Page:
Bark-beetle-attacked trees produced more charcoal than unattacked trees during a forest fire on the Kenai Peninsula, Southern Alaska
Abstract:Alaskan boreal forests frequently suffer from outbreaks of bark beetles and fires, factors that appear to combine to alter charcoal production. Charcoal (black carbon) production in forest ecosystems is an important pathway to clarify for a more complete understanding of the effects of fire on carbon cycling in boreal forests. In this study, we aimed to clarify the effects of prevalent outbreaks of the spruce beetle, Dendroctonus rufipennis (Kirby), on charcoal production during forest fires in boreal forests. Snags with prefire damage by the spruce beetle (infested snags) have significantly more charcoal than those undamaged before fire (noninfested snags). This increased amount of charcoal in spruce beetle-damaged trees was probably the result of dried biomass in the canopies of these trees. The results of this study suggest that with changing environmental conditions, the proliferation of insect damage in the boreal forest can modify the effects of fire on carbon sink via a change in the amount of charcoal production.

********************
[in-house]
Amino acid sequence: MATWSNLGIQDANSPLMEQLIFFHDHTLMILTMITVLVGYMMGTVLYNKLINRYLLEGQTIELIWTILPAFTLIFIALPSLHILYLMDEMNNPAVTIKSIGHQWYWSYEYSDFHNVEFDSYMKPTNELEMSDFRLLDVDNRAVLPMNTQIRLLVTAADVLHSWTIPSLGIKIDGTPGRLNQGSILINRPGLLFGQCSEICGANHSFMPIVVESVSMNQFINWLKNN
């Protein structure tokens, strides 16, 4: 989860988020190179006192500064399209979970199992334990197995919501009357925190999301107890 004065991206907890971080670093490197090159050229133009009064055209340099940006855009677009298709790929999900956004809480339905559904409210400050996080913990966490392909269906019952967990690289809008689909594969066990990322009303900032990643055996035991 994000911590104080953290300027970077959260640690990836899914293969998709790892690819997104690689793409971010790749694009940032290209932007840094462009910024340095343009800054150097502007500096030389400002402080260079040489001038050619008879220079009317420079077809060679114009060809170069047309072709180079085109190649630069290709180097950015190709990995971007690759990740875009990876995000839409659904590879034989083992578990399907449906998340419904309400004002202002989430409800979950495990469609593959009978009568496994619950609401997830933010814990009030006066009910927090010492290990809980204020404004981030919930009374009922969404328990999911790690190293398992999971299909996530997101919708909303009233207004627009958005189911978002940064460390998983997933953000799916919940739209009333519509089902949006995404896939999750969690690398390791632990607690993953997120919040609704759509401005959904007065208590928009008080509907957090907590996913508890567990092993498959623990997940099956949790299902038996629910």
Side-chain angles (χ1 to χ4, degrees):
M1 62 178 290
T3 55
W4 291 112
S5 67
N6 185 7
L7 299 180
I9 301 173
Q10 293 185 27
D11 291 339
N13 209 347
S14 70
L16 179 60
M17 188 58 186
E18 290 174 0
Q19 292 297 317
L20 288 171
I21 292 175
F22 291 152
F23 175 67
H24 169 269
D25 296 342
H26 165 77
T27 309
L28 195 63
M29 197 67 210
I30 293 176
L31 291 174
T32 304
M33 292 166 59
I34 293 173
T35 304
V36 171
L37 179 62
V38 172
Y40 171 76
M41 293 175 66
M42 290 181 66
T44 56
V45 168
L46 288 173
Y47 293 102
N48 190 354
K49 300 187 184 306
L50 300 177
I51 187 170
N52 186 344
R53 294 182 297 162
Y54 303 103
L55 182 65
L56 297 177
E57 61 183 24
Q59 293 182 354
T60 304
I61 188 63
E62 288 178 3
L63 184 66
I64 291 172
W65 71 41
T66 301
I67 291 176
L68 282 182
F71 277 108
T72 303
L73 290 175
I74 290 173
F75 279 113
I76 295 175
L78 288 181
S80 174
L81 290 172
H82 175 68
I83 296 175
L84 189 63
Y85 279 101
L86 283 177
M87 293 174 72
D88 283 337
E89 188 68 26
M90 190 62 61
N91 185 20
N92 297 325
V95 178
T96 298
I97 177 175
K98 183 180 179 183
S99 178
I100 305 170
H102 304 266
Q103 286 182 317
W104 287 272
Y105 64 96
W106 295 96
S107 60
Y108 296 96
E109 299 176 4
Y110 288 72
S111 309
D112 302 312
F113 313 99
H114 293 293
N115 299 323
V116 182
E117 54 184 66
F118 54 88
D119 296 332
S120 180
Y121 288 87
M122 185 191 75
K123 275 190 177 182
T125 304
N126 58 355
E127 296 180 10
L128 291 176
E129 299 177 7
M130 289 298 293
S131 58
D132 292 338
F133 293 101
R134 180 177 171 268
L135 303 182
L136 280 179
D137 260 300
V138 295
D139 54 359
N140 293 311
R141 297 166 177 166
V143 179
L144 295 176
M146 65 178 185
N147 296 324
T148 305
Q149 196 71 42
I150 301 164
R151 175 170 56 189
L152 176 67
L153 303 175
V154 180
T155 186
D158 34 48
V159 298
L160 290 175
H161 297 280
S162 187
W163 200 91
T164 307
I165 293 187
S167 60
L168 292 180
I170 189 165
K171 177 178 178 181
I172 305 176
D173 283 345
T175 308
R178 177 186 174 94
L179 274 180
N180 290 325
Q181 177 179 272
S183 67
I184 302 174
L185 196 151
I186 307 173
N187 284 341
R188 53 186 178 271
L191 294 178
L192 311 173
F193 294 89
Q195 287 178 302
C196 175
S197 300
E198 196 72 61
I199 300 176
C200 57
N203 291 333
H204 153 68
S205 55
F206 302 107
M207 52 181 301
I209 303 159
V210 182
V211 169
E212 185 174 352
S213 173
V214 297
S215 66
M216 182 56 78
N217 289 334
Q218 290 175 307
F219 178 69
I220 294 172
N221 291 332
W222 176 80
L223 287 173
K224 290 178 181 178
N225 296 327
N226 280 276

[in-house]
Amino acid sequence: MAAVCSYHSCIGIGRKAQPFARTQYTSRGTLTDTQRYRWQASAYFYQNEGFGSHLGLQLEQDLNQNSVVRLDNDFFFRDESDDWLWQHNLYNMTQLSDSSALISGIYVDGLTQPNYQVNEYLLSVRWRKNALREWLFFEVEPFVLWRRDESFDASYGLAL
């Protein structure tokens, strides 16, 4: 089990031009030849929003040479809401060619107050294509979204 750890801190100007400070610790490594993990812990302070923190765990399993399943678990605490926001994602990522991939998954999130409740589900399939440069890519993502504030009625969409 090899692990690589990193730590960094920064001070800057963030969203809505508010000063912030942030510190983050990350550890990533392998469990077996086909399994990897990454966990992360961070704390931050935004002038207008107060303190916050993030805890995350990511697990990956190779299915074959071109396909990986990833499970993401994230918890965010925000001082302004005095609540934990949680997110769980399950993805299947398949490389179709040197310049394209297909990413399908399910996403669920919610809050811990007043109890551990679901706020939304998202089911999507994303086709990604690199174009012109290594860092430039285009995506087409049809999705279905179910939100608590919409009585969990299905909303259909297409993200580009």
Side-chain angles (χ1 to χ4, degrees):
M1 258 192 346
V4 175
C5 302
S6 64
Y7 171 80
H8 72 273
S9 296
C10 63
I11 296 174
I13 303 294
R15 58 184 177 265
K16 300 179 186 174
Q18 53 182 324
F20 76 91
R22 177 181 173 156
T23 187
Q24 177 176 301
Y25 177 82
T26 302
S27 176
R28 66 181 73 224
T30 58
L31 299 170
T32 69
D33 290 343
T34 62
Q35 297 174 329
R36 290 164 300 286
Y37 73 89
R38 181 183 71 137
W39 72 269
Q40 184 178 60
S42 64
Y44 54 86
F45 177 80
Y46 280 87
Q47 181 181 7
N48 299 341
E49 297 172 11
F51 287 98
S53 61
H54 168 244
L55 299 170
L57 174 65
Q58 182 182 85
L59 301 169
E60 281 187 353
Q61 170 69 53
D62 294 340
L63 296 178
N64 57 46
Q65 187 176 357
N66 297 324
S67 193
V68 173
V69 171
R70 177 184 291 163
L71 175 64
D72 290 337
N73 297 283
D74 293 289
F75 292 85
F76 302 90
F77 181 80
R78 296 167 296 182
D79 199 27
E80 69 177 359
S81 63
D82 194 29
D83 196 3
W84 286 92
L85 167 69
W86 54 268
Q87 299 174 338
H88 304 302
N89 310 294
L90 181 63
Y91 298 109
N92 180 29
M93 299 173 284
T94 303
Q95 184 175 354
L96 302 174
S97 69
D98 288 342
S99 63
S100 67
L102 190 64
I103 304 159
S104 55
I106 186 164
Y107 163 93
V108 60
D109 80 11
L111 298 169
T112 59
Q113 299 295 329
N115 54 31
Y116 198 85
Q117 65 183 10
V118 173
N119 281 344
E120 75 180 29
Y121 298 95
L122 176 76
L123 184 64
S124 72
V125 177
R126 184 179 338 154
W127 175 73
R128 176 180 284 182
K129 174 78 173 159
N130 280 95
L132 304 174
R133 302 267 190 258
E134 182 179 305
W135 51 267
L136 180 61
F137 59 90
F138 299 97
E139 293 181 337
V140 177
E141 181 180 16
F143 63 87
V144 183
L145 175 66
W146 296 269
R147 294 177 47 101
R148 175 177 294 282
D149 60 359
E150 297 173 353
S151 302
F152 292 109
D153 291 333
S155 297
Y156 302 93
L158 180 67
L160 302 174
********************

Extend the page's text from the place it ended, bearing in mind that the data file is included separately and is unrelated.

Document Type: Research Article
Affiliations: 1: Department of Agriculture,Hokkaido University, Sapporo, Japan 2: Graduate School of Agricultural and Life Sciences,The University of Tokyo Chichibu Forest, University of Tokyo, Japan 3: Remote Sensing Technology Center, MinatoTokyo, Japan
Publication date: January 1, 2012